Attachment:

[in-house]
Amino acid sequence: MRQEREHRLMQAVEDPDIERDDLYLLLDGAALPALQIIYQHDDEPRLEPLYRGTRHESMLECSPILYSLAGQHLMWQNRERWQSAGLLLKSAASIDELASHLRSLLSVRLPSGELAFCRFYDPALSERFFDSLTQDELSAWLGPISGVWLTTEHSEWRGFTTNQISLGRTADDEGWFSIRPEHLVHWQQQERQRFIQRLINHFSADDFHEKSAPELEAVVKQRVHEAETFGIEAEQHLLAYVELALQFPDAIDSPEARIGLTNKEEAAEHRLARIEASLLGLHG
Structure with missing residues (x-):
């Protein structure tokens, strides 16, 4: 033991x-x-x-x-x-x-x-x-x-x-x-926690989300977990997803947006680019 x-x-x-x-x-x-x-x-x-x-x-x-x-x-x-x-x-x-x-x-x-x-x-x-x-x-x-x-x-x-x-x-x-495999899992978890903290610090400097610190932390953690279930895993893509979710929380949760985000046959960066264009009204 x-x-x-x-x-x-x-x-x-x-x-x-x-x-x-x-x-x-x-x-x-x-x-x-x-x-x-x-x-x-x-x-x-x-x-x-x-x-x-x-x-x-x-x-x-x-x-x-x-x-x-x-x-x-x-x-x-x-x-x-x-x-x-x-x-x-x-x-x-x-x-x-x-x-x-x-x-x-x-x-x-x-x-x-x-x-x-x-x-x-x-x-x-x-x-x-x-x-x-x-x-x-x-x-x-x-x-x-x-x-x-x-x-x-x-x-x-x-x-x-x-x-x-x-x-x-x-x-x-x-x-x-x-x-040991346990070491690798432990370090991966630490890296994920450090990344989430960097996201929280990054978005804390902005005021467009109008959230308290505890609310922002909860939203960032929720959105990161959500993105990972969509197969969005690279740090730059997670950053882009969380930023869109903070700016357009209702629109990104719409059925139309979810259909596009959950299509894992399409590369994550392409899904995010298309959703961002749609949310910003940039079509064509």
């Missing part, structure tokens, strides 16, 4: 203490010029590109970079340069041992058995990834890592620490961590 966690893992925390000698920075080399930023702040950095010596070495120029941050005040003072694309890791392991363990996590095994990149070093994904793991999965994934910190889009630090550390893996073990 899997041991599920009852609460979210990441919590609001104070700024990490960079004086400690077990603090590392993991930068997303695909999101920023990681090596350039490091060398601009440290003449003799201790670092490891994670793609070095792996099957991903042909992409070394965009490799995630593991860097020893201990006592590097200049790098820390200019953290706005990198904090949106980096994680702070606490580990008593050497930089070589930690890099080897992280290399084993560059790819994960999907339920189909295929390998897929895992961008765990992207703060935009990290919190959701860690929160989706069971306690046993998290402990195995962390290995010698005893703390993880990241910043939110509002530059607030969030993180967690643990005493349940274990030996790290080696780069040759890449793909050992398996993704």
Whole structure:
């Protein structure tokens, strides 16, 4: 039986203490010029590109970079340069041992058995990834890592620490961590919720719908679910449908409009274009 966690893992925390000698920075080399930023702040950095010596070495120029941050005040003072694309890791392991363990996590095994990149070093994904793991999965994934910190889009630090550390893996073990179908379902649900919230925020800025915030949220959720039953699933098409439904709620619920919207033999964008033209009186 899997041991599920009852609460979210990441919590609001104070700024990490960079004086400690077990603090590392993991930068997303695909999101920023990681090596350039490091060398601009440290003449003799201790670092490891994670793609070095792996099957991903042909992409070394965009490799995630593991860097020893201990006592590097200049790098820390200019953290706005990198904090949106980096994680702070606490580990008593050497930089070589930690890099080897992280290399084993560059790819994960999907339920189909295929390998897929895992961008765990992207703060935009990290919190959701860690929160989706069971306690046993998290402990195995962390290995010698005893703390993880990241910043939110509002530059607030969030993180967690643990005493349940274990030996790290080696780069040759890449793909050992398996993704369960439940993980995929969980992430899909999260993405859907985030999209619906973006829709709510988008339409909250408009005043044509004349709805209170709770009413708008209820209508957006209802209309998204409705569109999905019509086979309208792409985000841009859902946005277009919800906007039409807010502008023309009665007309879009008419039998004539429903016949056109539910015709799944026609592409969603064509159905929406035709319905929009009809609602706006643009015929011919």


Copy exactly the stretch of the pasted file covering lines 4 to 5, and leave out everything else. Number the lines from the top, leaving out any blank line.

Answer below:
């Protein structure tokens, strides 16, 4: 033991x-x-x-x-x-x-x-x-x-x-x-926690989300977990997803947006680019 x-x-x-x-x-x-x-x-x-x-x-x-x-x-x-x-x-x-x-x-x-x-x-x-x-x-x-x-x-x-x-x-x-495999899992978890903290610090400097610190932390953690279930895993893509979710929380949760985000046959960066264009009204 x-x-x-x-x-x-x-x-x-x-x-x-x-x-x-x-x-x-x-x-x-x-x-x-x-x-x-x-x-x-x-x-x-x-x-x-x-x-x-x-x-x-x-x-x-x-x-x-x-x-x-x-x-x-x-x-x-x-x-x-x-x-x-x-x-x-x-x-x-x-x-x-x-x-x-x-x-x-x-x-x-x-x-x-x-x-x-x-x-x-x-x-x-x-x-x-x-x-x-x-x-x-x-x-x-x-x-x-x-x-x-x-x-x-x-x-x-x-x-x-x-x-x-x-x-x-x-x-x-x-x-x-x-x-040991346990070491690798432990370090991966630490890296994920450090990344989430960097996201929280990054978005804390902005005021467009109008959230308290505890609310922002909860939203960032929720959105990161959500993105990972969509197969969005690279740090730059997670950053882009969380930023869109903070700016357009209702629109990104719409059925139309979810259909596009959950299509894992399409590369994550392409899904995010298309959703961002749609949310910003940039079509064509």
């Missing part, structure tokens, strides 16, 4: 203490010029590109970079340069041992058995990834890592620490961590 966690893992925390000698920075080399930023702040950095010596070495120029941050005040003072694309890791392991363990996590095994990149070093994904793991999965994934910190889009630090550390893996073990 899997041991599920009852609460979210990441919590609001104070700024990490960079004086400690077990603090590392993991930068997303695909999101920023990681090596350039490091060398601009440290003449003799201790670092490891994670793609070095792996099957991903042909992409070394965009490799995630593991860097020893201990006592590097200049790098820390200019953290706005990198904090949106980096994680702070606490580990008593050497930089070589930690890099080897992280290399084993560059790819994960999907339920189909295929390998897929895992961008765990992207703060935009990290919190959701860690929160989706069971306690046993998290402990195995962390290995010698005893703390993880990241910043939110509002530059607030969030993180967690643990005493349940274990030996790290080696780069040759890449793909050992398996993704």